Frieze Magazine, photo One to many

Charlemagne Palestine With video

Interview

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Yvette Mattern, One to Many (2010)

It is the middle of a blizzard, the afternoon of the opening of the Transmediale .10 Festival and the first in a series of evening performances co-organized between the CTM and TM, this year titled ‘Futurity NOW!’. Outside Berlin’s Haus der Kulturen der Welt (HKW), where the annual festival for art and digital culture is located, the Tiergarten Carillon stands 42 metres high, clad in black granite, a freestanding tower which is also an instrument – or perhaps an instrument which is also its own architecture. About halfway up, stacked in tic-tac-toe ranks and columns, are 68 bells. A metal staircase winds up inside one of the Carillon’s columns to the bell platform, where a tiny Perspex cabin is anchored among the bells like the control centre of some grim war machine. Inside is a sort of wooden organ with pedals, played with the feet, and oak levers struck with balled fists. The carillonneur and experimental composer Charlemagne Palestine has two small suitcases: in one, two video cameras, a bottle of whiskey, two glasses and a towel; in the other, the stuffed ‘animal divinities’ that attend all his performances. The whiskey is to be consumed during the performance and Transmediale have provided a bottle of Rémy Martin, which Palestine will drink before. These are the trappings of ‘Charleworld’, the semi-sacred environment Palestine builds around each of his performances, a secular cosmogony which draws on rituals from the world cultures Palestine steeped himself in 1960s New York.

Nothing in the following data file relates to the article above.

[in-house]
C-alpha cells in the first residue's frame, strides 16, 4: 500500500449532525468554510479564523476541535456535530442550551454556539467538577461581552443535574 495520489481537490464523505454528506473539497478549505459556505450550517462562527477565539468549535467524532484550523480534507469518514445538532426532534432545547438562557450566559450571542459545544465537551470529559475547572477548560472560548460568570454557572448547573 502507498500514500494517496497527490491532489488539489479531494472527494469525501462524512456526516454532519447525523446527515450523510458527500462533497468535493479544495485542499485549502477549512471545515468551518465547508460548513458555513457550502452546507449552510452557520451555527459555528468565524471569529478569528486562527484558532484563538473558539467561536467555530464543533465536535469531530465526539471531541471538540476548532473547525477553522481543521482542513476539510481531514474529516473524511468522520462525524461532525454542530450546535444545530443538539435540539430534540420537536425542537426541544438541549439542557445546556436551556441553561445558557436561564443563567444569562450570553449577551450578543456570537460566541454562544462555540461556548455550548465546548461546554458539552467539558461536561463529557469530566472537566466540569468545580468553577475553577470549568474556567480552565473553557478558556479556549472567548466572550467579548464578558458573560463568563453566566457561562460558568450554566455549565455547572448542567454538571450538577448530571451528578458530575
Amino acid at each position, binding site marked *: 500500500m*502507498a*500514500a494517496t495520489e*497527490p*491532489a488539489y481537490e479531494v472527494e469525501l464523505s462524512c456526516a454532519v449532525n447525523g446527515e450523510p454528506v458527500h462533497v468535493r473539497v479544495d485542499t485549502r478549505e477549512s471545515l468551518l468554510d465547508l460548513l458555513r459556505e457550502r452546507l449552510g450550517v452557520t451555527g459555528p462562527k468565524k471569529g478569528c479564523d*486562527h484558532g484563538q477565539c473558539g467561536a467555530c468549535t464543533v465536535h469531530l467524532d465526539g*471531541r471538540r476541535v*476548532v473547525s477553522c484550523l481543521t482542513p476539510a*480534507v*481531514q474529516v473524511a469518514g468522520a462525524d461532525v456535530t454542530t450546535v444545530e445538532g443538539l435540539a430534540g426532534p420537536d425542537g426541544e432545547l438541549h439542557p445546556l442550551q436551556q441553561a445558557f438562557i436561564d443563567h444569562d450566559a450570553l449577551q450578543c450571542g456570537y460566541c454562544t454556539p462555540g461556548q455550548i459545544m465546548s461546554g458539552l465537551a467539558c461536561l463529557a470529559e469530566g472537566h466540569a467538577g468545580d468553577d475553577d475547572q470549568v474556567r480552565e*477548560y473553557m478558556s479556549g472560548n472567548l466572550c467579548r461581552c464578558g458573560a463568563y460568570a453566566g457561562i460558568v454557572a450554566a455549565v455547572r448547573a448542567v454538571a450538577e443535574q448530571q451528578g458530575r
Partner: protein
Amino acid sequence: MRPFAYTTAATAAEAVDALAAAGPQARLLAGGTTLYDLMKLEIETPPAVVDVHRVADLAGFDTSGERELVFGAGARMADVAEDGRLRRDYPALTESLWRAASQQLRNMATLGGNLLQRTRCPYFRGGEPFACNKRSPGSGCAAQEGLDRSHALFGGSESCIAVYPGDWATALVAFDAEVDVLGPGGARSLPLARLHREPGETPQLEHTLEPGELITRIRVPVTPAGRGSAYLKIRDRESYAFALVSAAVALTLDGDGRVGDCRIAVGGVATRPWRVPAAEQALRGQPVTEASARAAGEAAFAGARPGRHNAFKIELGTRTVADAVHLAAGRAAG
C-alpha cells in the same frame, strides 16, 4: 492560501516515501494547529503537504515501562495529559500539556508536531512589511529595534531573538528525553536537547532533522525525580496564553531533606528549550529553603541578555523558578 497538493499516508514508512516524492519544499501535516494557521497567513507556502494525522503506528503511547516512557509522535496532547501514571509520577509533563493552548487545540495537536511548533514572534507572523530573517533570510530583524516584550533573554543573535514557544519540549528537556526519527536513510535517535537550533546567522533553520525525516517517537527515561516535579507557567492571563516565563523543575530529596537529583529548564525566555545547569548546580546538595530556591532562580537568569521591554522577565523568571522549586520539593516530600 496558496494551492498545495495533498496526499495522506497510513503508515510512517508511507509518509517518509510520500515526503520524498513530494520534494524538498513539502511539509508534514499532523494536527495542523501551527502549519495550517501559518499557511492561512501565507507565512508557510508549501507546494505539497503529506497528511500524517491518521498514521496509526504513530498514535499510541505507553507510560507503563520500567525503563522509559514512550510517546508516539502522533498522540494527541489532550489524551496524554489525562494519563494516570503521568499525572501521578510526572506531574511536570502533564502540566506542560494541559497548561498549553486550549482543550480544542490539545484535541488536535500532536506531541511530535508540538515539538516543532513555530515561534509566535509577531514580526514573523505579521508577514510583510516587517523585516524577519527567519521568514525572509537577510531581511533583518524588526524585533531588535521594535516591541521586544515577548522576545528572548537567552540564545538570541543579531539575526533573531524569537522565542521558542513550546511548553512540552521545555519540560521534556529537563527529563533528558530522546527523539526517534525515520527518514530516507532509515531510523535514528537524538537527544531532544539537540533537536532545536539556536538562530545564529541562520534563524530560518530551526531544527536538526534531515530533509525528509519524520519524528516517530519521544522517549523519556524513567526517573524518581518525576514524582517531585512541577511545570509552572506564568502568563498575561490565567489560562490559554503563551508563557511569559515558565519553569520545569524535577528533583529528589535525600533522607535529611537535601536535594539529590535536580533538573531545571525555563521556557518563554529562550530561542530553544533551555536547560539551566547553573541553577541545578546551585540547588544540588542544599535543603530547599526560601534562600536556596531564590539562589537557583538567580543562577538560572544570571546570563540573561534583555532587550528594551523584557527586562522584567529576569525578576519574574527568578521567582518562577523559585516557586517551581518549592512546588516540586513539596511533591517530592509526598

At 7.00pm, a laser rainbow is beamed like a holodeck between two spaceships: the oyster-like flying saucer of the HKW and the antenna of the rocket-shaped TV Tower at Alexanderplatz (a work by Yvette Mattern, titled One to Many, 2010).

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